i might suggest a more middle of the road approach. find a suitable protection that doesn't inconvenience the user, and don't expect miracles from it.
I have to agree with mouser on this.
You have to decide what line of business you are in:
1. Are you making games to sell to honest people?
2. Are you making free puzzle games for crackers?
You will always be doing #2, no matter what protection you use.
How much time & money do you want to invest in providing free puzzle games for crackers? How much fun do you want them to have? They will solve any puzzle game you throw at them, eventually.
Go with enough protection to keep honest people honest and enough protection to keep the comic book company satisfied that you have made a reasonable effort to protect their property.
If the comic book company wants something stronger and more expensive, maybe you should suggest they buy you a license for the protection you'll be using. I don't think you would have a problem using any solution they told you to use, as long as they were paying for it. And when they see the cost, they might see things your way with the more reasonable priced solution.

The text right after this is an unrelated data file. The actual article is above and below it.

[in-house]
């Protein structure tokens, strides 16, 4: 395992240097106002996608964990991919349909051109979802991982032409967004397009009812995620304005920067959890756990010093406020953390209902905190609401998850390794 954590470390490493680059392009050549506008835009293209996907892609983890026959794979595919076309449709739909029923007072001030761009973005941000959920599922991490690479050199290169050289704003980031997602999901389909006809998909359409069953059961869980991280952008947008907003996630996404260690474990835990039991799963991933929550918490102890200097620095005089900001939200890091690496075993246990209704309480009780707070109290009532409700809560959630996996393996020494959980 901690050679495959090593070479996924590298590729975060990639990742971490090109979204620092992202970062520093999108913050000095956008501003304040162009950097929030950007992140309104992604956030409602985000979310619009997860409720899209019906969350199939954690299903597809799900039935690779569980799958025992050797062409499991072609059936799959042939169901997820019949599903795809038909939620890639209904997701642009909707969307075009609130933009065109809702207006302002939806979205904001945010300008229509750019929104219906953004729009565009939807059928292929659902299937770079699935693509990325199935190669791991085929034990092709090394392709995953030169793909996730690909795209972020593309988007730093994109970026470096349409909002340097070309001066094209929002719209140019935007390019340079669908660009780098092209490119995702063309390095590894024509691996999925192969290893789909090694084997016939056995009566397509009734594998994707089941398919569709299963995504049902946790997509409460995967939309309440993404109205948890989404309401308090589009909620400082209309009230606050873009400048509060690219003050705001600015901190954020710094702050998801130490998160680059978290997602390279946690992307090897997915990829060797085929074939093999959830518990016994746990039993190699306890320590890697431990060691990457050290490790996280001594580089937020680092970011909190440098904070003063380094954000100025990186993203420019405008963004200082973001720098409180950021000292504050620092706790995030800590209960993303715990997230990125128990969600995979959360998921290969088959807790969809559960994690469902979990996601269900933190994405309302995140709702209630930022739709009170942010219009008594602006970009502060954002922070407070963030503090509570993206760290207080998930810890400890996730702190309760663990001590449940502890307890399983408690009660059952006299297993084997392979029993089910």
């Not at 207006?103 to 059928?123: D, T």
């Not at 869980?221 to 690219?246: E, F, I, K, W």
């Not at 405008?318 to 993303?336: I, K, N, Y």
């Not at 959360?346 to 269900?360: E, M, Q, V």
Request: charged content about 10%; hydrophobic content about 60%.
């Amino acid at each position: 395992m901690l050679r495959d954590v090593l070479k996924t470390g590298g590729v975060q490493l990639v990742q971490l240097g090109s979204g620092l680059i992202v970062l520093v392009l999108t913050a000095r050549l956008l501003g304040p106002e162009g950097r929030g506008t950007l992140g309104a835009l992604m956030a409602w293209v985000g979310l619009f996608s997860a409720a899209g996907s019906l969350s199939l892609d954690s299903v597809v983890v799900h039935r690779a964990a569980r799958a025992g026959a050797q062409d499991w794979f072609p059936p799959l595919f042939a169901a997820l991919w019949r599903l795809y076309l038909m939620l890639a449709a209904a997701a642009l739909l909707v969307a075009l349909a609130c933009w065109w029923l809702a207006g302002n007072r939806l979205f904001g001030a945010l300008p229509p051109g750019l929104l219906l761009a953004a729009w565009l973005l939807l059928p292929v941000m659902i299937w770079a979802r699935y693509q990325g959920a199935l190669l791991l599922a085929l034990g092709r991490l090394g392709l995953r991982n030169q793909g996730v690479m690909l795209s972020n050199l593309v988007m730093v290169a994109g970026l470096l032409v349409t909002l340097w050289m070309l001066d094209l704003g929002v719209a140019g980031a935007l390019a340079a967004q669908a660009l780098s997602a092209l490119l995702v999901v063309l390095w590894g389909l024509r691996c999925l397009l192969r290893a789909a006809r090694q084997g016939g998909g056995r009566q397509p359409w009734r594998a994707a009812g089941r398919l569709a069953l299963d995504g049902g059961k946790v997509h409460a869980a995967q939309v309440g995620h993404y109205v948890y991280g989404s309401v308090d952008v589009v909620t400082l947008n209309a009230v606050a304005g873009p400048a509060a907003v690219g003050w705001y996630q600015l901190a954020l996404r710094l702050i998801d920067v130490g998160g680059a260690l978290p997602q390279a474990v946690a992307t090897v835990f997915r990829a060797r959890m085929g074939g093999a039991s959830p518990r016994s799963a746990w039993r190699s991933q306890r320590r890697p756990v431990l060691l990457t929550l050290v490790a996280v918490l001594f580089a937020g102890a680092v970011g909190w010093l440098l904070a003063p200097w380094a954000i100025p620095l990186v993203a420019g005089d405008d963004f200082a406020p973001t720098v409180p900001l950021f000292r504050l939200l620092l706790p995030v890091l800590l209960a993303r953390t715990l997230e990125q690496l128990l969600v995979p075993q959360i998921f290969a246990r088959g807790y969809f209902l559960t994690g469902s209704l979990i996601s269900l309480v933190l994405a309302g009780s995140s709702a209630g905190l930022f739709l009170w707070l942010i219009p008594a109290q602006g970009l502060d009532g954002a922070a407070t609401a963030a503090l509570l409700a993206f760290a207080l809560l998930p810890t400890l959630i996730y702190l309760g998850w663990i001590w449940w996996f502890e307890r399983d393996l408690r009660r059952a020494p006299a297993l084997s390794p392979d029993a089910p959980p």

I'm afraid mouser is right.
Okay, first off: use a "wad"/"pack"/"bigfile" approach, instead of individual files... (ie., like ID software have been doing since doom and earlier). This will keep regular users from messing around, but will be "no match for batman". You can add encryption on top of that to prevent hexeditor-capable users from identifying file signatures, but obviously this won't stop reverse engineers.
That's a good approach. It keeps the files from being easily accessed by the common user.
Another thing you can do is what some web designers & artists do with their images on the web...chop them up in pieces and fit them together in the game to appear as a single image.
If someone manages to get the images out of whatever way you packed them, they will not be all that usable without having a ton of fun fitting them back together in photoshop, which would be time consuming work. It would be faster and easier to just scan the comic books for the images if they want them that bad.
But keep in mind that there are tools available to make screenshots of games, so they might not need to do much work to get what they want any way. And there really isn't much you can do to stop that kind of copying.
About the only thing you can do is get a list of the tools they would be using, and try to detect them and shut down the game if any are detected running. (and don't forget to detect if the game is running on an OS in something like VMware)